i like this idea too. but i wonder why they dont just make the cgm alarms louder. it seems like a common complaint of not waking up to them. they should be like a fire alarm. i need an alarm clock that's like a fire alarm. i sleep through my night time alarm to check my DD more often than i'd like.
     
  7. LoveMyHounds

    LoveMyHounds Approved members

    Joined:
    Jan 31, 2012
    Messages:
    325
  8. Melissata

    Melissata Approved members

    Joined:
    Feb 19, 2009
    Messages:
    1,650
    I have the app on my iphone for the ISeismometer, which is a really loud alarm that is meant for earthquake that I read about here. Normally we use the Sonic boom, but I actually downloaded it just in case she forgets it again when we go away. My son recently started using the Dexcom since his Navigator finally bit the dust and I thought it would be good for him also. Too bad he just got a new job and had to turn his Iphone in for a blackberry. He says he doesn't need the extra alarm anyway, somehow the vibration wakes him up and he doesn't usually have problems at night anyway.
     
  9. Brenda

    Brenda Junior Member

    Joined:
    Oct 19, 2005
    Messages:
    683
    Two things come to mind.I think most people who want a DAD want one because they don't have a dog, don't want a dog or can't have a dog (allergies). Secondly, I have heard that the MiniMed CGM alarm is not loud enough (may have been an earlier version and the newer ones have louder alarms??). With the DexCom, I think people put them on a glass near them to hear it at night.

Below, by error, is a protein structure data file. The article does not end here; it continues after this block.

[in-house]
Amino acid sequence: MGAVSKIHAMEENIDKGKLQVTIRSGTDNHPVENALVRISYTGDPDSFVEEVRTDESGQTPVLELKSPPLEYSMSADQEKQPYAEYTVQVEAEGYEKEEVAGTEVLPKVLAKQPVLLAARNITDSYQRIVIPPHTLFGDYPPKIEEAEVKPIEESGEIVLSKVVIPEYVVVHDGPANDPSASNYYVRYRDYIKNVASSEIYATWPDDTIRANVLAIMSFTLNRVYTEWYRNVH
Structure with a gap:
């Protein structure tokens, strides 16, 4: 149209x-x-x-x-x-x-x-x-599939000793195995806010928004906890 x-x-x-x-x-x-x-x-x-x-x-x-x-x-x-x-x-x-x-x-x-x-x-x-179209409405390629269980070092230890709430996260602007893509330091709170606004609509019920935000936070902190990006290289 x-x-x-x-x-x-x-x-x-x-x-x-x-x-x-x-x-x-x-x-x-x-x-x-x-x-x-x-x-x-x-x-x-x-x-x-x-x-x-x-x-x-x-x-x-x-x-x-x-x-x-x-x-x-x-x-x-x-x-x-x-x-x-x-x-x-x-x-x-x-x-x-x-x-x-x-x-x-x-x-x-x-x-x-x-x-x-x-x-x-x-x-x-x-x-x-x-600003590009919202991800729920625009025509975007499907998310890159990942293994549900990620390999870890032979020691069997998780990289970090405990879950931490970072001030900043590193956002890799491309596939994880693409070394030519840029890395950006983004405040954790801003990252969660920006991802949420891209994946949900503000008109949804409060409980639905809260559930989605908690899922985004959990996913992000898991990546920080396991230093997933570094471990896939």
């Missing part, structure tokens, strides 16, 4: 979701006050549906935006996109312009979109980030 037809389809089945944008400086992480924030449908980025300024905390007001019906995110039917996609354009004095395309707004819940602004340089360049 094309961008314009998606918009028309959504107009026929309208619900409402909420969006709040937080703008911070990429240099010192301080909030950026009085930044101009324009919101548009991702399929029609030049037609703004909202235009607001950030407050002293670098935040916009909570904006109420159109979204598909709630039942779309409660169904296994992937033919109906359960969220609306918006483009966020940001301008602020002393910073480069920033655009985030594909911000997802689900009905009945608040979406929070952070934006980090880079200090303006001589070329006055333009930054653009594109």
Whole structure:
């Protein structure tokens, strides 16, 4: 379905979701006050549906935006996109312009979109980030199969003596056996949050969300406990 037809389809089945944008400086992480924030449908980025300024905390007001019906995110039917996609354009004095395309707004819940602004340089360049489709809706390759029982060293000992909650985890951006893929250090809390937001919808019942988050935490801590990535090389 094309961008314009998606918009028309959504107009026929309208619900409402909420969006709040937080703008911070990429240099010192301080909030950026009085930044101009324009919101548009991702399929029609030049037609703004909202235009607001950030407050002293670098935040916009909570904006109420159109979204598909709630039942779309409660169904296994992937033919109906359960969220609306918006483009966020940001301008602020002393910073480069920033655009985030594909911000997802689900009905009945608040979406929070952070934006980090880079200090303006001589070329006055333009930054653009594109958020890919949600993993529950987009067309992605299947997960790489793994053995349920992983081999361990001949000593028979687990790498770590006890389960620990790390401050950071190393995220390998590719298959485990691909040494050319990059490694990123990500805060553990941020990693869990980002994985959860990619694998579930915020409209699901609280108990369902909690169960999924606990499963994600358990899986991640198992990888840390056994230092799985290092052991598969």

10. TheFormerLantusFiend

    TheFormerLantusFiend Approved members

    Joined:
    Sep 10, 2006
    Messages:
    4,925
    Putting the Dexcom in coins or in a glass usually means I wake up to find that I've been "out of range" for most or all of the night. It is not a good enough solution.
    Also, although it's louder that way, it's really not enough louder.

    The minimed alarms didn't wake me up consistently, although they did so more often than Dexcom (Dexcom hasn't woken me up since the first week I had one). But minimed now has a 3000 dollar extra device that has alarms that are lots louder. It doesn't work with any of the older models or the Guardian.
     
  11. denise3099

    denise3099 Approved members

    Joined:
    Jul 31, 2009
    Messages:
    1,757
    I think these are great ideas. It's not worth buying a dog just to bark at your alarm but if you have a dog you should be able to train it to do this. This is the basis of clicker training and it takes about 5 minutes. You click and give a treat, click give a treat, etc. After 10 times when you click your dog comes running for a treat. it's step ONE of clicker training. You can do this with your alarm easily. And dog's have exceptional hearing, not just smellers, so they would be quite adept at this. I think you can train a cat to do this. Or even a bird.
     
  12. valerie k

    valerie k Approved members

    Joined:
    Feb 19, 2008
    Messages:
    1,510
    is one of them named yoda? my dog yoda is exceptionally stupid. :D his only redeeming quality is his cuteness factor.

    you must not have any cats, you dont train them to do anything, they train you. I have 5, and must say, Im a well trained human. :D